Teaching Eval II

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The Free Geek process-practical aspect of Eval 2 is relatively simple: determining processor class and speed. The pedagogical aspects are easy to overlook, but also important to Free Geek's very mission.

Quick Guide

  1. Introduce yourself
  2. Explain the purpose of Eval2
  3. Point out where they'll be taking systems from and delivering them to
  4. Go over documentation
  5. Go over tools and resources
  6. Walk them throught their first system
  7. Ask if they want you to watch/help with their second system
  8. Check in periodically and be available for questions
  9. Doublecheck the cart; return and explain cart rejects
  10. Encourage them to keep the space workable
  11. Test out, if applicable

Detailed Instructions

Introduce yourself to volunteers in evaluation if you want to make yourself available for questions. You can also point out the Syseval teachers list so they know that there are certain people who know more about the area than others and they have names!

Describe the main goals of the task because people like to have an idea of their role in a system. In this case, they are getting processor information about systems that we are probably going to keep so that we don't recycle things we shouldn't and we don't waste space on things we won't need. We'll also pull parts from systems we're keeping so that we can test them.

Point out where they'll be taking systems from - they should know this from eval I - and delivering them to. The second part is more confusing for most people.

Common misconception: Many people think the cart is just for keepers or just for recyclers. Really, both go there. That's why the labels must be clear!

Now, go over the documentation. Here, again, they should be aware that the documentation will change and that it's more important to understand it then to know it.

  • The System Evaluation 2 Overview is the overall step-by-step of tasks for Eval II. Many of its steps refer to the other documents. Volunteers should learn to depart from this flowchart to other documents, and remember to come back to the overview. It's like home base.
  • Getting the Processor Information is used to figure out processor class and speed. This flowchart will take volunteers through lots of troubleshooting steps because many donated systems don't POST so easily. Troubleshooting is one of the most valuable skills that Eval II volunteers learn.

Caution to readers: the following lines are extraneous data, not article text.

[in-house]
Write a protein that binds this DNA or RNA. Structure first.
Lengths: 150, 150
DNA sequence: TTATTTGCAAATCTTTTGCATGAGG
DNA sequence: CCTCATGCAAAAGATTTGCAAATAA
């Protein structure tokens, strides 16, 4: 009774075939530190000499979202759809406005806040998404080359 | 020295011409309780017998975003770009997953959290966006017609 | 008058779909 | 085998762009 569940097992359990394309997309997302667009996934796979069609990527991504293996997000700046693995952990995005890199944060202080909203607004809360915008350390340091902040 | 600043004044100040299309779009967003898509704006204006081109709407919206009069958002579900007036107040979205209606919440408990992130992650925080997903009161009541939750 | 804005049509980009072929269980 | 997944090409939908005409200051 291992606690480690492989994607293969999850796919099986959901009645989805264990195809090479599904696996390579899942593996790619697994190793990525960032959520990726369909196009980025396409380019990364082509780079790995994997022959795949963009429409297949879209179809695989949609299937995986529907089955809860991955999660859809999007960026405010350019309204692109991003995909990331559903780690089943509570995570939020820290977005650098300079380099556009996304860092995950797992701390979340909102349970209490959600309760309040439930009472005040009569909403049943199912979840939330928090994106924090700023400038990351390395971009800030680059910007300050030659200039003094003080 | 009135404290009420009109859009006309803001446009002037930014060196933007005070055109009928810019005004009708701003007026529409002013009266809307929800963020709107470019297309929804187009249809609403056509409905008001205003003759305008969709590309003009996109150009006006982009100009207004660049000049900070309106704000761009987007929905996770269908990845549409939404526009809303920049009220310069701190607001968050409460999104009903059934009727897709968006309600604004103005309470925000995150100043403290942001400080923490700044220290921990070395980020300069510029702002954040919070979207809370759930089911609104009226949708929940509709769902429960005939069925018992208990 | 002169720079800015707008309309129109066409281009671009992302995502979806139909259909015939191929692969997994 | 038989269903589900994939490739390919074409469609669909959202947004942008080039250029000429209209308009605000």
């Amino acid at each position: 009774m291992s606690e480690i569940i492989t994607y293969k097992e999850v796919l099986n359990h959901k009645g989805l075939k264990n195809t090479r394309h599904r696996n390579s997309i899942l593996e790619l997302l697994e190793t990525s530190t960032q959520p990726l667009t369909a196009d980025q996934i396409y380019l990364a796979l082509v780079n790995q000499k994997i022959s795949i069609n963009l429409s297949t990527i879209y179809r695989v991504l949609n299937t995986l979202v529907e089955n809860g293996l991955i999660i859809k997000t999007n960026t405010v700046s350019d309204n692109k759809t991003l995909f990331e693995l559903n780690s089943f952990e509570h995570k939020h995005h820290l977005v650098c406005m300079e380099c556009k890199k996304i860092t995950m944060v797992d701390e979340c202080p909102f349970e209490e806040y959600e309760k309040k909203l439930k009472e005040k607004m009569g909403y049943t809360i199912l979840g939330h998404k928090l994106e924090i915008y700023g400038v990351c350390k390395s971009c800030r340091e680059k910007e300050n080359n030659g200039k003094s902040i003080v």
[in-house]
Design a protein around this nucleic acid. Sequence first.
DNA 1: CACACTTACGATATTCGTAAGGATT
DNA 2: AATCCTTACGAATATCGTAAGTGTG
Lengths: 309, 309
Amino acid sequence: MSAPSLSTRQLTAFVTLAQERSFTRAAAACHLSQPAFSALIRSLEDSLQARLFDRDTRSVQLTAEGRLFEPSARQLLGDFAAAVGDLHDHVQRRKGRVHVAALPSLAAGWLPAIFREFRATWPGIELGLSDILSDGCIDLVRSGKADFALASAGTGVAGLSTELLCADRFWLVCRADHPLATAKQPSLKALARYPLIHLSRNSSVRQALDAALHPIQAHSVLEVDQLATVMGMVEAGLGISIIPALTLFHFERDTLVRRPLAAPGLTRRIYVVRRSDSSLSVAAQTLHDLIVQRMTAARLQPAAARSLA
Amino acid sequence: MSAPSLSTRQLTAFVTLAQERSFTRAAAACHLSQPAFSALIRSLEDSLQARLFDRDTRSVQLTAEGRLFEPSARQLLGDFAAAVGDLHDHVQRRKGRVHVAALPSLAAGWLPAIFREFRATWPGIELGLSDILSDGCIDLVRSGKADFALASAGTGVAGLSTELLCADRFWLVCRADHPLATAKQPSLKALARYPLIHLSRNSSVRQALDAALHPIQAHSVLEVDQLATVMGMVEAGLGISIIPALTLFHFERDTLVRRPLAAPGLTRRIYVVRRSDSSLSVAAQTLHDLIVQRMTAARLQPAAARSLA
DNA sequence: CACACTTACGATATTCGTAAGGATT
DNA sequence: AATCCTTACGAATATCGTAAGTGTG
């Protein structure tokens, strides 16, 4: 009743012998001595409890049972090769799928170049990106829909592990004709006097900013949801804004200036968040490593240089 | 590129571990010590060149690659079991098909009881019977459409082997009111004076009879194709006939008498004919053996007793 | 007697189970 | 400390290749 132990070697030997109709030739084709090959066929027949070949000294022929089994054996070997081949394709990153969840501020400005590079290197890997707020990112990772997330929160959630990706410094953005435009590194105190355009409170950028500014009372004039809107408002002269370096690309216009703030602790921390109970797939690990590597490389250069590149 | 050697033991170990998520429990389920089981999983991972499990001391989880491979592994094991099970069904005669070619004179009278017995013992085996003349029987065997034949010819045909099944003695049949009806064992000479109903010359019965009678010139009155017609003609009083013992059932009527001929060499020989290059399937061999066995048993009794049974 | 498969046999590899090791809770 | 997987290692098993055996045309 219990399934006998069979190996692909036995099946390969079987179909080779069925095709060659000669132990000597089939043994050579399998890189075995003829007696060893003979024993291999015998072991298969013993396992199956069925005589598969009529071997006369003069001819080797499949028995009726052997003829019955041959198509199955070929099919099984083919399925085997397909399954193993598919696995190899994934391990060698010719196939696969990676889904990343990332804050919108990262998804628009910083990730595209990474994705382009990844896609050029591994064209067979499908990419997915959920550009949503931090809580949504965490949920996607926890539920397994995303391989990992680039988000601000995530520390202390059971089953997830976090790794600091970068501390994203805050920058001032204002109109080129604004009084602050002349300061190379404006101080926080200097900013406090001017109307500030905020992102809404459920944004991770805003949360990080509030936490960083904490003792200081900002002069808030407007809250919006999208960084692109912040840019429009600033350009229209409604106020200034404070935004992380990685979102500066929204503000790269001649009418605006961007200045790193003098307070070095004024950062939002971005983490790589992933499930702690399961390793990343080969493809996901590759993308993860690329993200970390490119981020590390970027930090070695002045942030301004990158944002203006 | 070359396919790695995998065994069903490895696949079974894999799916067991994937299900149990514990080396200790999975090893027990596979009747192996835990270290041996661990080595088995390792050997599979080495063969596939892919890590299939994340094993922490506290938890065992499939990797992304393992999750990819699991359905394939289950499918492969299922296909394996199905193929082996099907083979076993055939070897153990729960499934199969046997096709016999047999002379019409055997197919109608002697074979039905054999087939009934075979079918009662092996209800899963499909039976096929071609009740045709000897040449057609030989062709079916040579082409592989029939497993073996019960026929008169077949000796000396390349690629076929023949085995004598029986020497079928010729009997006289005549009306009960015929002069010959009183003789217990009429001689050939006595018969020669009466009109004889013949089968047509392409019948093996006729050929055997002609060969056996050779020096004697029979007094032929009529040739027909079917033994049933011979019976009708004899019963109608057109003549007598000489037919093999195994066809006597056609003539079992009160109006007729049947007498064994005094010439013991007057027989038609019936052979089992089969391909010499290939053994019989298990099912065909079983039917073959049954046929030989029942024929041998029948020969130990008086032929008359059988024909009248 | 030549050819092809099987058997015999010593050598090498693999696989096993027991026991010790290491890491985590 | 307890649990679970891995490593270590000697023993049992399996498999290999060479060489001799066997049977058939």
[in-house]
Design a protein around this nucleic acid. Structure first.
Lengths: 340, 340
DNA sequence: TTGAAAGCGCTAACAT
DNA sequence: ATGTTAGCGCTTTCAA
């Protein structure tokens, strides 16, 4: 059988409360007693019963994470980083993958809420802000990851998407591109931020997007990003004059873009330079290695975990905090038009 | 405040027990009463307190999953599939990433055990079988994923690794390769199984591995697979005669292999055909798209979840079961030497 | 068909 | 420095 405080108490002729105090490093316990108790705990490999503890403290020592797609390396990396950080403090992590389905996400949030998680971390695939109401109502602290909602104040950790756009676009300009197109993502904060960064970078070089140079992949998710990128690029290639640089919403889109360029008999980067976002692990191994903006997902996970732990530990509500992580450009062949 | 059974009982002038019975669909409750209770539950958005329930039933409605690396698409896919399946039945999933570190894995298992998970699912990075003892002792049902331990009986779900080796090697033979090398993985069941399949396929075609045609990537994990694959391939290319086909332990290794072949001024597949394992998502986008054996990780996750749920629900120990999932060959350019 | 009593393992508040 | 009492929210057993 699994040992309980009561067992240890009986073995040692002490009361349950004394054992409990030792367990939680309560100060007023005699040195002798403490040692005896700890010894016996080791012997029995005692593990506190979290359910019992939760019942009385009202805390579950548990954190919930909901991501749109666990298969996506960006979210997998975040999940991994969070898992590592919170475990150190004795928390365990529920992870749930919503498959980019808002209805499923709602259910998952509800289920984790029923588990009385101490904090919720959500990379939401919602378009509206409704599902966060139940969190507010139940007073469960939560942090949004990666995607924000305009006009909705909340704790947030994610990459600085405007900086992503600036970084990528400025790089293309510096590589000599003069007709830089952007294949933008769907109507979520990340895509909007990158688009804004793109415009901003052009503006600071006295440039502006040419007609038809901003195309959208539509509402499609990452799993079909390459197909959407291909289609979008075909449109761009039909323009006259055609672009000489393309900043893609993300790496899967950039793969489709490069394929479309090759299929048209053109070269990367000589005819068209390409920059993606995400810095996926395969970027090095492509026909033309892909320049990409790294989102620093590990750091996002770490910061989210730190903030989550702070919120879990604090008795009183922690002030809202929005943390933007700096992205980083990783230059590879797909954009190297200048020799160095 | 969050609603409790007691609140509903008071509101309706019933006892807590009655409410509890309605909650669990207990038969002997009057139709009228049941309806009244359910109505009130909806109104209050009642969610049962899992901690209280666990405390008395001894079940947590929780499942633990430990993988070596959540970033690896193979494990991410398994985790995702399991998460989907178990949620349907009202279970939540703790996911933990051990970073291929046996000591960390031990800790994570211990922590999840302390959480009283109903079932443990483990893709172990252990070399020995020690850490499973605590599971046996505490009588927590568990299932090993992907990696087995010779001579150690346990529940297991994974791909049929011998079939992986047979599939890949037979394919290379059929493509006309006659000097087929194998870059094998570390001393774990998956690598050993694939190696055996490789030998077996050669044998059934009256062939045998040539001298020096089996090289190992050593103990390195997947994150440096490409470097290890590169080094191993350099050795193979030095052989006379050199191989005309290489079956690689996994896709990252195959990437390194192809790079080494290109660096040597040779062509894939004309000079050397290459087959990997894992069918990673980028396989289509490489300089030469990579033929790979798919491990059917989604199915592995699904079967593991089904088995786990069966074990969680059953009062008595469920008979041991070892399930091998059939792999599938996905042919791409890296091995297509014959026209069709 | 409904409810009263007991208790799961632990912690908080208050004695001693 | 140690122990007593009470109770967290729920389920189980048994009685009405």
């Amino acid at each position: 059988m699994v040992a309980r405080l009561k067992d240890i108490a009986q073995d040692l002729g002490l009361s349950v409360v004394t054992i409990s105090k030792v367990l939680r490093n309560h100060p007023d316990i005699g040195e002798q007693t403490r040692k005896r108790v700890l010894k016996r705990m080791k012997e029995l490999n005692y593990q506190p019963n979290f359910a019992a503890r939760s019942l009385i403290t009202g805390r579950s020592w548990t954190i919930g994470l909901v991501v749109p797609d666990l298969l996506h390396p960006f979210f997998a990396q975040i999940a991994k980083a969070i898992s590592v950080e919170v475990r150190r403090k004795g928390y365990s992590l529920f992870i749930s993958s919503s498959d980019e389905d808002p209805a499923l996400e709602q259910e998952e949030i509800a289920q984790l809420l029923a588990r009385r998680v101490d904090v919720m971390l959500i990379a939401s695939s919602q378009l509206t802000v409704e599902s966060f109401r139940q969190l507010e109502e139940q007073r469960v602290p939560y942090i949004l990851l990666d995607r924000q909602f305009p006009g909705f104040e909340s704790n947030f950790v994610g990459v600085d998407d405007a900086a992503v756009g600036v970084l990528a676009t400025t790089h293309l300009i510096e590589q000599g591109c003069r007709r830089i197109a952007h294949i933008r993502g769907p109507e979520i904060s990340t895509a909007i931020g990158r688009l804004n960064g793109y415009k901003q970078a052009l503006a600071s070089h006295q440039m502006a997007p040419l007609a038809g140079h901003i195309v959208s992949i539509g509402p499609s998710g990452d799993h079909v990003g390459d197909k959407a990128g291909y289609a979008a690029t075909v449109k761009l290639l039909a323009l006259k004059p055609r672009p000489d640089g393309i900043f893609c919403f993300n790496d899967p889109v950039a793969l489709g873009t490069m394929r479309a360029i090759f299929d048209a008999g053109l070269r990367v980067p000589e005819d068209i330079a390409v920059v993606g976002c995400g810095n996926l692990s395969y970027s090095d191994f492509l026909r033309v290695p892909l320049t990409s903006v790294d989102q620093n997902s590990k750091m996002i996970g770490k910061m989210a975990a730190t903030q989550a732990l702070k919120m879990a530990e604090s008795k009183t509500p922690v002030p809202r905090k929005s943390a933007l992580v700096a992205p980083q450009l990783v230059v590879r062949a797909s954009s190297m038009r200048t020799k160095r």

• The System Evaluation 2 Triage flowchart will be used to determine if a system is really a keeper or not. The only thing they'll need to fill in, really, is the processor speed.
  • The Case Triage and Motherboard Sorting flowcharts are used on systems that have been determined to be recyclers. We may want to keep the case or motherboard, though. The Special mining instructions tell how to mine computers from which we want the case only.
  • Removing components from keeper systems tells what to do before closing a system that will be kept. You may want to remind them that they do not have to mine systems that will be recycled. That will be done by Eval I.
  • Labeling and tallysheets for keeper systems explains how to do the paperwork before putting a good system on the cart.

Go over tools and resources they'll be using, including the ps/2 and AT keyboards, spare video cards and RAM, and WAZZIT disk. Make sure they have a pen and screwdriver, too! Then walk them throught their first system with frequent references to the documentation. Involve other Eval2 people if you think either party would benefit from the explanation.

Check in periodically and be available for questions; this can be difficult to do if evaluation is full. If there is someone else available to help with questions, share the load. It's ok to put off an interrupter until after you've finished the first question.

Doublecheck the cart; return and explain cart rejects, if you find any. Be sure it's clear that you're instructing, not criticizing. Point out errors even if the person working isn't the one that made them, so they know some common errors.

Encourage them to keep the space workable by making sure they don't remove parts they're not supposed to or leave the workspace covered with screws. If you know when their shift is over, encourage them to start tidying up a few minutes before they leave.

If someone is confident that they are done, you can test them out of Eval II. This is done by having them walk through the process of Eval II with a representative system from the stack, explaining it as if you don't know anything. Look for appropriate references to the documentation, understanding of the documentation and technical aspects, and attention to detail (cover on correctly and screwed in). If you think they're good to go, initial their page in the builder status book and make sure they know to sign up for the command line class (if necessary) and a build workshop sometime soon after the command line class.

Congratulate them! And if they're nice and they're good at explaining things, try to recruit them!

Other stuff

  • Join the systemeval list (http://lists.freegeek.org/listinfo/systemeval/) if you want to teach this with any regularity or ever change the documentation. Introduce yourself to the list when you do so!
  • Before making changes in the documentation, confer with the other build trainers.
  • Initial your documentation changes and report them to the email list.